One of the most challenging jobs in Washington is to be a government or administration spokesperson. State Department spokesmen John Kirby and Mark Toner have had that lesson reinforced over the past week.
The subject that has gotten the State Department press corps in such a foul mood is a State Department admission that a senior official in the Public Affairs bureau ordered a technician to edit the video of a December 2, 2013 daily press briefing given by former spokeswoman Jen Psaki. The affair would not have gotten so much coverage if it weren’t for the fact that the unedited and undoctored version of the video directly contracted a previous statement from State officials that there were no secret, bilateral U.S.-Iran talks related to Tehran’s nuclear program. It turns out that this was a falsehood: the discussions, contrary to earlier comments from Victoria Nuland (who was the department spokesman at the time), Washington did in fact dispatch officials to meet directly with the Iranians in an exploratory phase of what would eventually culminate in the P5+1-Iran negotiations a year later.
For some reason, an individual in the Public Affairs Bureau found it necessary to cover that fact up — either out of embarrassment that the department in fact lied to the press or over a concern that posting Jen Psaki’s full appearance on December 2, 2013 on the department’s website would provide congressional Republicans with more ammunition to make the administration’s negotiations with the Iranians even harder to pull off.
Whatever the reason happened to be, the video editing has turned into a scandal for the State Department, even after all this time. The AP’s Matt Lee, Reuters’s Arshad Mohammed, and Fox News’ James Rosen (who asked the original question to Psaki during that daily briefing) have been peppering State officials with very legitimate questions as to how someone in the State Department could order a subordinate to doctor a video in the first place. The State Department has handled this incident terribly and has only made matters worse; the explanation from Mark Toner that “[t]here was no existing policy or regulations in place that would have been violated by editing this video” strikes those following this story as negligence on the part of those with decision-making authority in the department. CNN’s Jake Tapper was incensed that something like this could actually happen in an administration that bills itself as “the most transparent in history.”
Republicans on Capitol Hill are also attempting to get in on the action. House Foreign Affairs Committee Chairman Ed Royce sent a letter to the Inspector General requesting that he open a formal investigation in order to find out who ordered the tampering and why the State Department didn’t investigate this matter months beforehand. House Oversight Committee Chairman Jason Chaffetz wants any and all documents “referring to or relating to the deletion of video footage” from Secretary John Kerry. All of these requests are within the purview of Congress’s role as overseer of the executive branch and are absolutely within their rights as an independent branch of government.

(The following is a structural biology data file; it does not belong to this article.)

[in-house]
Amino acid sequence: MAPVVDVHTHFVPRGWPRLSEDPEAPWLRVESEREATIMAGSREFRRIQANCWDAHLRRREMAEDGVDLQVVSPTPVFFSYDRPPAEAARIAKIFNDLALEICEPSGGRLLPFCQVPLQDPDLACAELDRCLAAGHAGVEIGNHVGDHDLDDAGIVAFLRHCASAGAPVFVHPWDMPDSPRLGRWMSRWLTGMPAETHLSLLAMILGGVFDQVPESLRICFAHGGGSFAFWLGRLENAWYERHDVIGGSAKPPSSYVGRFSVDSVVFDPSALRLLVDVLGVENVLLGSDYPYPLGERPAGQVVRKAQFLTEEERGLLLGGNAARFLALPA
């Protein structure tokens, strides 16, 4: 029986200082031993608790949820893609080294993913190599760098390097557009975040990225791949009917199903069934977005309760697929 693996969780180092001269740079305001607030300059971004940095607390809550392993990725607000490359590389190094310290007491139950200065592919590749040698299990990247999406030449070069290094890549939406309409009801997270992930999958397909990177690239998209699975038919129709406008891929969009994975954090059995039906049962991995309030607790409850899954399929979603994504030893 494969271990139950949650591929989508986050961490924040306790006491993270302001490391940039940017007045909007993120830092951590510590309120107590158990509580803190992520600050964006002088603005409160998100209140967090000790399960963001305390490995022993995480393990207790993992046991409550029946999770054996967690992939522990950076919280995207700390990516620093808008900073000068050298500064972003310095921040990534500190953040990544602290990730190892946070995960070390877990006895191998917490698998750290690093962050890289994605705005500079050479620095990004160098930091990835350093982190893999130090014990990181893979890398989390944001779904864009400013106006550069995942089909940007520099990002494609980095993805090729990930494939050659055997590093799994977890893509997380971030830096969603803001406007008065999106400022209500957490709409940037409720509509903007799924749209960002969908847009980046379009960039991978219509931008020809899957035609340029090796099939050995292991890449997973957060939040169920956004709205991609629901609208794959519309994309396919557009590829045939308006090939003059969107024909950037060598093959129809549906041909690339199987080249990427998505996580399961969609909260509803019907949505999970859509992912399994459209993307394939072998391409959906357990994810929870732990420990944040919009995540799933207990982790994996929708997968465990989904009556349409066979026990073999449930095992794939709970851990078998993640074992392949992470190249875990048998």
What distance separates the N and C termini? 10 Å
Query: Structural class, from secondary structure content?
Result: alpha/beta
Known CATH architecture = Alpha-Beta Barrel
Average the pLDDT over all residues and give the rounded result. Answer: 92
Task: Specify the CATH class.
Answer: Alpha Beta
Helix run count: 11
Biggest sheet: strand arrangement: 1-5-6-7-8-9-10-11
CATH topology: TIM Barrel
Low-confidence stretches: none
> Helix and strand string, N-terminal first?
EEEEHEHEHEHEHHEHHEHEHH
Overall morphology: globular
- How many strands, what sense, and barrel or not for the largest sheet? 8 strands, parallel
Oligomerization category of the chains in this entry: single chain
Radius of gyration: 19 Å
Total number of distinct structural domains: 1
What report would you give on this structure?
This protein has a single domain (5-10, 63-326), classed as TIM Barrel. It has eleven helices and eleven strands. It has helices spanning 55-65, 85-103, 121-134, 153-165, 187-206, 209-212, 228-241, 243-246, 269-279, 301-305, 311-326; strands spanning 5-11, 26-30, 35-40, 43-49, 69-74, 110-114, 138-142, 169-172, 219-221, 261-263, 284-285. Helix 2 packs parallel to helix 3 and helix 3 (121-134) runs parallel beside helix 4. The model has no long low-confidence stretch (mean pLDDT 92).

Republicans aren’t doing themselves any favors by linking the video scandal at the State Department with the Iran nuclear agreement at large. Speaker Paul Ryan has already sent out a statement suggesting that the video flap is yet another illustration of the Obama administration deceiving the American public and conducting itself like narcissists in the hope of protecting their signature foreign policy achievement—the Iran nuclear deal. The kerfuffle at the State Department, Ryan’s office wrote, “is further evidence that the administration would stop at nothing to ram through this dangerous agreement against the will of the American people.” Sen. Tom Cotton — the most vociferous and vocal critic of the Iran nuclear agreement — has been given yet another opportunity to keep what he considers a terrible deal in the headlines.
And here is where Republicans are overreaching.
There is no question that the State Department has handled this entire episode poorly. What was originally referred to as “a glitch” in the video turned out to be a deliberate act of sabotage from a lone individual who allegedly had no approval from the State Department’s leadership. How the State Department didn’t have any rules governing these kinds of activities seems ridiculous. Of course, we still don’t know who this alleged individual is or whether he or she would be disciplined if the department eventually discovers the person who gave the order. Secretary Kerry himself described the whole episode as “stupid and inappropriate.”
Yet none of this can make up for the fact that the Iranian nuclear agreement—despite how much congressional Republicans may despise it or find it unwise for U.S. national security—is working precisely as it was intended. The IAEA’s latest quarterly report confirms that, four months into the agreement, Tehran is abiding by its commitments and doing everything it needs to do to meet its end of the bargain.
Cotton and his fellow Republican colleagues have every right to demand answers about the video. But all of the huffing and puffing in the world cannot create the alternative reality that they hope Americans will buy into.
Daniel R. DePetris is an associate analyst at the Raddington Group. He has also written for CNN.com, Small Wars Journal and the Diplomat.
Image: U.S. State Department/Flickr